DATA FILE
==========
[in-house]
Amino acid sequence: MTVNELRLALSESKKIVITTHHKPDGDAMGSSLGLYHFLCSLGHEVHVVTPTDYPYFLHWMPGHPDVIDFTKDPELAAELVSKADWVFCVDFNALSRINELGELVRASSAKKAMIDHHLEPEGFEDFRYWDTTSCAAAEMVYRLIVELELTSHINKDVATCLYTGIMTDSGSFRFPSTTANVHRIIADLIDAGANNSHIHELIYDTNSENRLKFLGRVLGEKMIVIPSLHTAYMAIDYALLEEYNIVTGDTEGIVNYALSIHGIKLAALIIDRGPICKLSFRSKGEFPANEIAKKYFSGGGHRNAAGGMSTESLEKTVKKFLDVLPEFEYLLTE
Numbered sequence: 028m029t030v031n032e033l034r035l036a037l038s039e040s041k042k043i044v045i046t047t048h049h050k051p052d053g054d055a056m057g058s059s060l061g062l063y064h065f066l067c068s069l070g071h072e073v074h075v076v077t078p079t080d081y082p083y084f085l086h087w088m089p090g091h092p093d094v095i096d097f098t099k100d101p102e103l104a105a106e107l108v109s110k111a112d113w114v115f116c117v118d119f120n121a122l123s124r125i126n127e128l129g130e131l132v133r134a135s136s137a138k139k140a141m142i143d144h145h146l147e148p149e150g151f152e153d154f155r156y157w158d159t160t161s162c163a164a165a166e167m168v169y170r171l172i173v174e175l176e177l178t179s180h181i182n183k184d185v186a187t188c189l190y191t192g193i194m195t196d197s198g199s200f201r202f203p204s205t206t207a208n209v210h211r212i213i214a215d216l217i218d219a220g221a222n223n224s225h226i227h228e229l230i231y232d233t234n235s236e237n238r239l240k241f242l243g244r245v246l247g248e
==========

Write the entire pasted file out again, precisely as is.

[in-house]
Amino acid sequence: MTVNELRLALSESKKIVITTHHKPDGDAMGSSLGLYHFLCSLGHEVHVVTPTDYPYFLHWMPGHPDVIDFTKDPELAAELVSKADWVFCVDFNALSRINELGELVRASSAKKAMIDHHLEPEGFEDFRYWDTTSCAAAEMVYRLIVELELTSHINKDVATCLYTGIMTDSGSFRFPSTTANVHRIIADLIDAGANNSHIHELIYDTNSENRLKFLGRVLGEKMIVIPSLHTAYMAIDYALLEEYNIVTGDTEGIVNYALSIHGIKLAALIIDRGPICKLSFRSKGEFPANEIAKKYFSGGGHRNAAGGMSTESLEKTVKKFLDVLPEFEYLLTE
Numbered sequence: 028m029t030v031n032e033l034r035l036a037l038s039e040s041k042k043i044v045i046t047t048h049h050k051p052d053g054d055a056m057g058s059s060l061g062l063y064h065f066l067c068s069l070g071h072e073v074h075v076v077t078p079t080d081y082p083y084f085l086h087w088m089p090g091h092p093d094v095i096d097f098t099k100d101p102e103l104a105a106e107l108v109s110k111a112d113w114v115f116c117v118d119f120n121a122l123s124r125i126n127e128l129g130e131l132v133r134a135s136s137a138k139k140a141m142i143d144h145h146l147e148p149e150g151f152e153d154f155r156y157w158d159t160t161s162c163a164a165a166e167m168v169y170r171l172i173v174e175l176e177l178t179s180h181i182n183k184d185v186a187t188c189l190y191t192g193i194m195t196d197s198g199s200f201r202f203p204s205t206t207a208n209v210h211r212i213i214a215d216l217i218d219a220g221a222n223n224s225h226i227h228e229l230i231y232d233t234n235s236e237n238r239l240k241f242l243g244r245v246l247g248e